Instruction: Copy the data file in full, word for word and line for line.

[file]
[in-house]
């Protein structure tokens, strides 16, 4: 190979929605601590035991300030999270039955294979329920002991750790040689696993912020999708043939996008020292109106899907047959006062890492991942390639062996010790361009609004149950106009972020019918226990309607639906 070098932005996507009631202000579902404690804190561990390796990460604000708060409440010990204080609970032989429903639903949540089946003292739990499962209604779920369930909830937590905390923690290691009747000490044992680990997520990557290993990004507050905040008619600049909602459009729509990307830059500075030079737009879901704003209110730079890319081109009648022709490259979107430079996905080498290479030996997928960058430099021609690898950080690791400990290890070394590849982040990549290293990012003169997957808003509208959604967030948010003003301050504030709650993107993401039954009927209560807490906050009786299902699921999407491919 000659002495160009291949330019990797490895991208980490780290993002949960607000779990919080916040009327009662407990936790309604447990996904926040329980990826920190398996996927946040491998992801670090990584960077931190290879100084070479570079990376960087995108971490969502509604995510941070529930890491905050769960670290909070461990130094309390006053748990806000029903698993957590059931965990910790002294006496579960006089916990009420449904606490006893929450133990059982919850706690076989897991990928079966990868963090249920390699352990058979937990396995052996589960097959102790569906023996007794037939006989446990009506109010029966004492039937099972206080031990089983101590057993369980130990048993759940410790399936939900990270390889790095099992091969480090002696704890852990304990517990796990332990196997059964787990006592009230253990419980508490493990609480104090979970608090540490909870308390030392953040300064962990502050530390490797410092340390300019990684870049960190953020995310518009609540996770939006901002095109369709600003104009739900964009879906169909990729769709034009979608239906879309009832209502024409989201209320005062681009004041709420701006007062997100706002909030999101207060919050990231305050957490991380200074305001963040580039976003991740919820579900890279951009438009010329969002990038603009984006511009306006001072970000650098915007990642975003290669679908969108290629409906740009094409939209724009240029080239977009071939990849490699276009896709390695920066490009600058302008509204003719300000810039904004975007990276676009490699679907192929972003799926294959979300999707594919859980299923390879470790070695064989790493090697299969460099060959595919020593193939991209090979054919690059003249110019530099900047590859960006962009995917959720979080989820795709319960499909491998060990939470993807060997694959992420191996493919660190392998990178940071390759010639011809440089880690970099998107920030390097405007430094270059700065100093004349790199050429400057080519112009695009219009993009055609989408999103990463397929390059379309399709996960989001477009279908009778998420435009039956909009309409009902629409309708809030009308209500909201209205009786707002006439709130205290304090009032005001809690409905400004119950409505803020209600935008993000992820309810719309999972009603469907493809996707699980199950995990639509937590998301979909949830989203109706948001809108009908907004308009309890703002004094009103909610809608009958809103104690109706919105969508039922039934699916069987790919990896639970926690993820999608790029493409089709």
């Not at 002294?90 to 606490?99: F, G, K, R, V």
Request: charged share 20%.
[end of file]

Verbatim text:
[in-house]
């Protein structure tokens, strides 16, 4: 190979929605601590035991300030999270039955294979329920002991750790040689696993912020999708043939996008020292109106899907047959006062890492991942390639062996010790361009609004149950106009972020019918226990309607639906 070098932005996507009631202000579902404690804190561990390796990460604000708060409440010990204080609970032989429903639903949540089946003292739990499962209604779920369930909830937590905390923690290691009747000490044992680990997520990557290993990004507050905040008619600049909602459009729509990307830059500075030079737009879901704003209110730079890319081109009648022709490259979107430079996905080498290479030996997928960058430099021609690898950080690791400990290890070394590849982040990549290293990012003169997957808003509208959604967030948010003003301050504030709650993107993401039954009927209560807490906050009786299902699921999407491919 000659002495160009291949330019990797490895991208980490780290993002949960607000779990919080916040009327009662407990936790309604447990996904926040329980990826920190398996996927946040491998992801670090990584960077931190290879100084070479570079990376960087995108971490969502509604995510941070529930890491905050769960670290909070461990130094309390006053748990806000029903698993957590059931965990910790002294006496579960006089916990009420449904606490006893929450133990059982919850706690076989897991990928079966990868963090249920390699352990058979937990396995052996589960097959102790569906023996007794037939006989446990009506109010029966004492039937099972206080031990089983101590057993369980130990048993759940410790399936939900990270390889790095099992091969480090002696704890852990304990517990796990332990196997059964787990006592009230253990419980508490493990609480104090979970608090540490909870308390030392953040300064962990502050530390490797410092340390300019990684870049960190953020995310518009609540996770939006901002095109369709600003104009739900964009879906169909990729769709034009979608239906879309009832209502024409989201209320005062681009004041709420701006007062997100706002909030999101207060919050990231305050957490991380200074305001963040580039976003991740919820579900890279951009438009010329969002990038603009984006511009306006001072970000650098915007990642975003290669679908969108290629409906740009094409939209724009240029080239977009071939990849490699276009896709390695920066490009600058302008509204003719300000810039904004975007990276676009490699679907192929972003799926294959979300999707594919859980299923390879470790070695064989790493090697299969460099060959595919020593193939991209090979054919690059003249110019530099900047590859960006962009995917959720979080989820795709319960499909491998060990939470993807060997694959992420191996493919660190392998990178940071390759010639011809440089880690970099998107920030390097405007430094270059700065100093004349790199050429400057080519112009695009219009993009055609989408999103990463397929390059379309399709996960989001477009279908009778998420435009039956909009309409009902629409309708809030009308209500909201209205009786707002006439709130205290304090009032005001809690409905400004119950409505803020209600935008993000992820309810719309999972009603469907493809996707699980199950995990639509937590998301979909949830989203109706948001809108009908907004308009309890703002004094009103909610809608009958809103104690109706919105969508039922039934699916069987790919990896639970926690993820999608790029493409089709």
């Not at 002294?90 to 606490?99: F, G, K, R, V």
Request: charged share 20%.